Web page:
Thursday, May 31

Week in Review, May 31

A man eating a cookie said Crab Louie would draw locals and the cruise-ship jet set crowd (1). A 1,200 passenger ship would arrive in June. "It's bright green," a chef said about his soup, "the color of the ocean" (2).

A bottle of champagne christened a Naval destroyer in Bath, and in Brunswich, a group of men at meat loaf (3). Costs of meat and milk were said to increase, in part because of the increase in ethanol production (4). An ice cream truck was heard near Mayo Street.

"I feel lousy. I feel tired," said a man on a food stamp diet in New York (5). The Skinny would not be reopening on Congress Street any time soon, and Austin's Boot & Buckle, on Warren Avenue, reportedly closed (5). El Camino remained in Brunswick (6).

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Wednesday, May 30

The Stadium

Oh Canada!

Food writer Jessica Porter apparently moved to Canada, where Canadian bacon is called back bacon and where canucks are just as receptive to popcorn lovers as they are to aging radicals. She's certainly better off. Are we?

Todd "Tofu is Too Fun" Richard seems to have replaced her with his "20 $pot" and from tofu to undercooked eggplant, this could only be worse if we had paid for The Phoenix.

For a taste of Quebecois, head to Uncle Billy's Resto-Bar, at 653 Congress Street. There's no Molson on tap but their poutine - crispy, gooey gravy curd cheese fries- is fantastic. Umami! While the Montreal beef brisket has been on the chewy side, Colonel Jonny also cooks a mean-ass fried chicken. And fries to die for that are home-cookin' goodness not that duckfat double fried chi-chi.

Inside Uncle Billy's, it's practically another county. No credit cards. Imprompu live blues. A jukebox. Bleacherboards and bondage paddles. Stoney-eyed patrons. Well, that is until the waitress yells, ""One riesling, four Jagermisters, one Shipyard."

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Monday, May 28

Beer & Wine

PortCity Life hosts a beer tasting in this month's issue. Local microbrews. Nothing unheard of here. Likewise, for the Budweiser of beer reviews, head over to Scott Dud.

Gulf of Maine Shrimp

A shrimp recipe by a vegan food writer. This has got to be a joke. First, clams and fish tacos; now, shrimp.

Besides, the season for Northern shrimp (Maine shrimp) ended April 30.

Local Plywood

Odds that Local 188 will reopen in June as planned: 1 to 81.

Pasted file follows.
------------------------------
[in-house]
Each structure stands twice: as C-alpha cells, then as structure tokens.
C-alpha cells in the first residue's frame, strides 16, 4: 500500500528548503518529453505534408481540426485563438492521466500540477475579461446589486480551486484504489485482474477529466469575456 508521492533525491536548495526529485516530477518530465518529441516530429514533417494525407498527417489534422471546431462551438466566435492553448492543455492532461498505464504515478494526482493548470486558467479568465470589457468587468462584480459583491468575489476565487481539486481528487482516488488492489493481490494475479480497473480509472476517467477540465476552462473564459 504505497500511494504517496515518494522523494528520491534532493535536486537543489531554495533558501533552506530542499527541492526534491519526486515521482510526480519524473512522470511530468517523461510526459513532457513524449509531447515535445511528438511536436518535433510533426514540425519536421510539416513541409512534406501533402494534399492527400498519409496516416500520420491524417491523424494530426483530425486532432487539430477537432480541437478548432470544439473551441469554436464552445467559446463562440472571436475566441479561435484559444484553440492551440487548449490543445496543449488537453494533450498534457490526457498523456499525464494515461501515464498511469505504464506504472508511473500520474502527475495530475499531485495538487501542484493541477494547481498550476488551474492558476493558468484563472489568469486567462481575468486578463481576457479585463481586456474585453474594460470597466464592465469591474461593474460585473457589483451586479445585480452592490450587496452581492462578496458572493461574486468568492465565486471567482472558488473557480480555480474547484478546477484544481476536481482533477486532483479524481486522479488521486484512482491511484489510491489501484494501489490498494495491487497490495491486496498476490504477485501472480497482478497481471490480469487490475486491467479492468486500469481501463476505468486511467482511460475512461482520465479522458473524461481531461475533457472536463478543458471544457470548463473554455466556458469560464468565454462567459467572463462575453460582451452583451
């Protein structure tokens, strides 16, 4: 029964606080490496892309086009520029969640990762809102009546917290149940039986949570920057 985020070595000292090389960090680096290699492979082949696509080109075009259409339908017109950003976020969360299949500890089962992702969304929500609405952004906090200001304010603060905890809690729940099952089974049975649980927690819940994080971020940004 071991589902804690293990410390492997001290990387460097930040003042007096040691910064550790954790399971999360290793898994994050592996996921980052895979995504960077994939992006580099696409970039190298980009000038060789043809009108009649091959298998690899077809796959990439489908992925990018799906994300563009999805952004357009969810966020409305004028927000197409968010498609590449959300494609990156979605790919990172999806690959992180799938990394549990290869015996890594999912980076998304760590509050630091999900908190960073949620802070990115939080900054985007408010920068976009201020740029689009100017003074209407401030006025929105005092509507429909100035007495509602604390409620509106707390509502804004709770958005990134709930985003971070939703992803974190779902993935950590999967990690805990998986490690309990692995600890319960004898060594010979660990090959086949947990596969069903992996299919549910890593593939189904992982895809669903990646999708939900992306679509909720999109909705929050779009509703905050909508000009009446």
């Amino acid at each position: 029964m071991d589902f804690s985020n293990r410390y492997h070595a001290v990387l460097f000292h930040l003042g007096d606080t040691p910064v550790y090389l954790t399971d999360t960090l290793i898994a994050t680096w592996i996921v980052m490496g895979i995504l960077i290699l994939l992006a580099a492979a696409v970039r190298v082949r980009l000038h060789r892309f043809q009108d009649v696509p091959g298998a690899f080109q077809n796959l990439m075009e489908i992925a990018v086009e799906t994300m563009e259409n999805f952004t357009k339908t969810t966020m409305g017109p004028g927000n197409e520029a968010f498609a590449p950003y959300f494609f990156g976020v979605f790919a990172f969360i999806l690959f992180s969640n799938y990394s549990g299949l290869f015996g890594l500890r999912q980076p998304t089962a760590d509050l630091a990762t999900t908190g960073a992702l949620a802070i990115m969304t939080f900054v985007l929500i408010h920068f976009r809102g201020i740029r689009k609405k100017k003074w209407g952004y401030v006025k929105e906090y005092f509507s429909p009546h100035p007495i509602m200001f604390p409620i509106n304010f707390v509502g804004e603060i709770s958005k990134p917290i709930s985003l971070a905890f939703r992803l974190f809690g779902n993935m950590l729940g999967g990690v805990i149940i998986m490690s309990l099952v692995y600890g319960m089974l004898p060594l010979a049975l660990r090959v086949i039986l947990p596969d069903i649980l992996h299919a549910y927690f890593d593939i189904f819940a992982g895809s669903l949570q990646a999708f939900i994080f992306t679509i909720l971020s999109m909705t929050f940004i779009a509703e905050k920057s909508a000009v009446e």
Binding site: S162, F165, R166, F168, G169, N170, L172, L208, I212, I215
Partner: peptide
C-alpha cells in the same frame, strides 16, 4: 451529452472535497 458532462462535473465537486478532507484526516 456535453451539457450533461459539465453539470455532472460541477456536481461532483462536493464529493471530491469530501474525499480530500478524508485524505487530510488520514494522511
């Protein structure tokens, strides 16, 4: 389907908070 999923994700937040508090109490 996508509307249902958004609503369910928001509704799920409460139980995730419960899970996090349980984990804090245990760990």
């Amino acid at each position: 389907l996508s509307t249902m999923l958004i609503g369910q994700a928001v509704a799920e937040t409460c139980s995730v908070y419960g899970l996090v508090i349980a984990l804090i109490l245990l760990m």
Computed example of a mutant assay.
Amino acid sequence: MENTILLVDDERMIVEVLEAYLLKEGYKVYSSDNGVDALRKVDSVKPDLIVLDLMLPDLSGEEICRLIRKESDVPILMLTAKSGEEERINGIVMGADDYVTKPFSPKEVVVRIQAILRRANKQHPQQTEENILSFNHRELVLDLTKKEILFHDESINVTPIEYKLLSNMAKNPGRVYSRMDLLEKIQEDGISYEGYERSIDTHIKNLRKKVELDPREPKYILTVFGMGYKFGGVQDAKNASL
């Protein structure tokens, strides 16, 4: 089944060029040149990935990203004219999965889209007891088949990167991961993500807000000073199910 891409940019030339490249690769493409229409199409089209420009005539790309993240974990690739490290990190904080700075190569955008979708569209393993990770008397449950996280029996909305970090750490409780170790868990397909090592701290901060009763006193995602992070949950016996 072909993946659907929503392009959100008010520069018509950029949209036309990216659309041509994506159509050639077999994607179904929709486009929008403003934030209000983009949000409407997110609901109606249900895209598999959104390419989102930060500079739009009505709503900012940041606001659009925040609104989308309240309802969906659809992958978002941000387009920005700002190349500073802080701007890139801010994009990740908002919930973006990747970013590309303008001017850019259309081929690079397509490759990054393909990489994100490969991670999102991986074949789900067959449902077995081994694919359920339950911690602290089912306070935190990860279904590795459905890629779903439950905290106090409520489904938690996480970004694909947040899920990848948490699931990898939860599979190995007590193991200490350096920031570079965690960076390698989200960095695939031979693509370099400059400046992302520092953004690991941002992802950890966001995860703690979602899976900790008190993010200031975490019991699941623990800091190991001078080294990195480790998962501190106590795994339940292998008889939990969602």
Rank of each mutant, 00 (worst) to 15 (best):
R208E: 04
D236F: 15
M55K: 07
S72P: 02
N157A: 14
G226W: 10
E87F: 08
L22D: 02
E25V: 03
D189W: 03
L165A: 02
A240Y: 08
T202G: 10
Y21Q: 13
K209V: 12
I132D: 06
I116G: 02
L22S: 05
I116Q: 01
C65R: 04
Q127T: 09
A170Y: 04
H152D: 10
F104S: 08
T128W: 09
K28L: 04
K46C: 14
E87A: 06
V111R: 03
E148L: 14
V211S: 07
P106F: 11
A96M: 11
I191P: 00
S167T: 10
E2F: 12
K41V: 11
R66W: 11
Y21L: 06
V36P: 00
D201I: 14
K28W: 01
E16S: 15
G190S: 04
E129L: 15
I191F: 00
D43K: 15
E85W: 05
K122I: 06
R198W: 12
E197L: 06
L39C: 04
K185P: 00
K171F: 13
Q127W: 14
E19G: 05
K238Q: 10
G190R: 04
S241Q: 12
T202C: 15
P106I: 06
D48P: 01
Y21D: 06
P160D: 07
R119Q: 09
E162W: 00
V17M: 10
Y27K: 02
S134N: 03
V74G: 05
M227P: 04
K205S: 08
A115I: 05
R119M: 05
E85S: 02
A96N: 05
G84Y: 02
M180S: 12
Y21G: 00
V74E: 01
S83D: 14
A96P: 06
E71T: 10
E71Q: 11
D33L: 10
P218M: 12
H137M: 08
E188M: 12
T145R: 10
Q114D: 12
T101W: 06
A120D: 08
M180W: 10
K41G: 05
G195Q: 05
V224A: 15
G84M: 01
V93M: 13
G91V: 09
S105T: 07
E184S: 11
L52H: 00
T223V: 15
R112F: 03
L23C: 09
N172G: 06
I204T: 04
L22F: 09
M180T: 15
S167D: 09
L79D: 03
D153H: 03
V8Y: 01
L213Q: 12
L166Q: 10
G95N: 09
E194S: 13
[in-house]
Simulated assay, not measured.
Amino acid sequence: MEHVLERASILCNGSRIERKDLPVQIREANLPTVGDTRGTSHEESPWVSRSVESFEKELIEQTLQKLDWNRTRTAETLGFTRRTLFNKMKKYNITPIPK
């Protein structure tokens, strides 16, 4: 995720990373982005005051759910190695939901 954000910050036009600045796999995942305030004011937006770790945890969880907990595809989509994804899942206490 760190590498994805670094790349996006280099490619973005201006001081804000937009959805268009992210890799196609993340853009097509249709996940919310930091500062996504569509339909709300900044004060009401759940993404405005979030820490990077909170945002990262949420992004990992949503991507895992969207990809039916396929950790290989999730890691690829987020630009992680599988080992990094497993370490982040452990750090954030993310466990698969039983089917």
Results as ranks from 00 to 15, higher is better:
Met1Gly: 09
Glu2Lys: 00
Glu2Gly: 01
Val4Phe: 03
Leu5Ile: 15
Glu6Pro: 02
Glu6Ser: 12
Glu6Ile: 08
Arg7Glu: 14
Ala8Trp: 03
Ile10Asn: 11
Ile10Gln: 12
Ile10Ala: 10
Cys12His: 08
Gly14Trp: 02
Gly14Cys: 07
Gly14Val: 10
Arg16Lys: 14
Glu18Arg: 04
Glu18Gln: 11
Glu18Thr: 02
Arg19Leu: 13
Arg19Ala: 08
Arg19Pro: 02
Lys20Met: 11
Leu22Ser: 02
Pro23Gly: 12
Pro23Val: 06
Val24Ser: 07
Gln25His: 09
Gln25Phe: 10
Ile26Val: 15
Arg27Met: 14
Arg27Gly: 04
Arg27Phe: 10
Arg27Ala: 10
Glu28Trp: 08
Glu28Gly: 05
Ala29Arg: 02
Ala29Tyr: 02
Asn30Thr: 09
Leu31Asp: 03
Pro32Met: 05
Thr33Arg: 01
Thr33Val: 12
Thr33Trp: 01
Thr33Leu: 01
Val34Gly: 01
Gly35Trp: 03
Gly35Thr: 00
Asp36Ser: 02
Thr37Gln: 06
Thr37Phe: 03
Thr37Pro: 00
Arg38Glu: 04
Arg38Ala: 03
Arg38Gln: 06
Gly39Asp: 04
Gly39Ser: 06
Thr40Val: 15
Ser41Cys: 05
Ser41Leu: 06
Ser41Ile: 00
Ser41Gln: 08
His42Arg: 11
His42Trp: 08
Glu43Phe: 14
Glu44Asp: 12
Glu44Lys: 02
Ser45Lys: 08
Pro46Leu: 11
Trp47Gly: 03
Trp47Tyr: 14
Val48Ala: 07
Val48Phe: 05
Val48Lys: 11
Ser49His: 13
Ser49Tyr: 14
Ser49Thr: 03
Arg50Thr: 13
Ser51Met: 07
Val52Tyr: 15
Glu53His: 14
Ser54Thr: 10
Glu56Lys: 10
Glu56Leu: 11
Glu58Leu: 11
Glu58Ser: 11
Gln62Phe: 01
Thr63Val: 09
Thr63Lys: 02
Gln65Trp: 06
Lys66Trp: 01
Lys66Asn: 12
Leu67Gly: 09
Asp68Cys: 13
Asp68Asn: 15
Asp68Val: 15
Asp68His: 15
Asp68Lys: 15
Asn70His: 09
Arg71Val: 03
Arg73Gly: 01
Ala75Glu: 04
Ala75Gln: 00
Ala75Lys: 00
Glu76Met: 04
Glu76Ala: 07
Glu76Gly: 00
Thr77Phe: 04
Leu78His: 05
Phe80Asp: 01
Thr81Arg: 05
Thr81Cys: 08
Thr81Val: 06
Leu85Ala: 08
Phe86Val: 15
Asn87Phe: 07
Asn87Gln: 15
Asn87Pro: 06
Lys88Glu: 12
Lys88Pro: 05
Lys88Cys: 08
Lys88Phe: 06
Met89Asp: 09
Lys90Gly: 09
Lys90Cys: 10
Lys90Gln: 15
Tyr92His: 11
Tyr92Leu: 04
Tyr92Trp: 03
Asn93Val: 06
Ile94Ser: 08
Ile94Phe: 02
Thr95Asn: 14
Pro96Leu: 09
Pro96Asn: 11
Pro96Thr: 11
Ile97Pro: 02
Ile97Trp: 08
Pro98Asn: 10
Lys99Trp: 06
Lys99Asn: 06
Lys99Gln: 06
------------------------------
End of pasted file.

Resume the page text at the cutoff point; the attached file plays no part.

Odds that Local 188 will reside on a block of stupidly named restaurants, via FA: 1 to 2.

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Inventive uses for those extraneous cookbooks, via Portland's LT.

Friday, May 25

Eating out

With the Tourist Day weekend, here are some places to eat on the peninsula in the lovely Maine air with the salty breeze in your hair. On Commercial Street, that's Mims, Dry Dock, Sapporo, The Porthole, Bill's Pizza, J's Oyster Bar, Portland Lobster Co., The Standard Baking Co., Flatbread, Benny's, and Cinque Terre. Close by, Yosaku and Brian Boru.

In no particular order, on Congress Street, watch the traffic at the Point 5 Lounge, The White Heart, Wild Burritos, Bankok Thai, Uffa!, Bar Lola, the Blue Spoon and the Front Room. In Monument Square, Henry VIII, David's and Shay's.

On or near Exchange Street, with no comment on the burrito quality, Federal Spice, JavaNet, O'Naturals, Natasha's, Sebago Brewing Co. and Mark's hot dogs. On Middle Street, Duckfat and Ribollita, with outdoor benches at Norm's East End and Hugo's.

Elsewhere, Amatos, Two Fat Cats, and Coffee By Design on India Street, Tu Casa on Washington Avenue. Aribica, The Dogfish Bar & Grille, Starbucks, and Marcy's (waiting only) on Free Street. Susan's Fish & Chips on Forest Avenue, and the Ohno Cafe on Brackett Street.

With a nod westward to picnics, via TFS, head to: the Eastern Cemetery on Congress Street, Evergreen Cemetery on Stevens Avenue, the Eastern Promenade, Hobson's Wharf, Custom House Pier, and Pleasant Street Park.

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A lid

Coffee lid design, via the Phoenix.

Thursday, May 24

Week in Review, May 24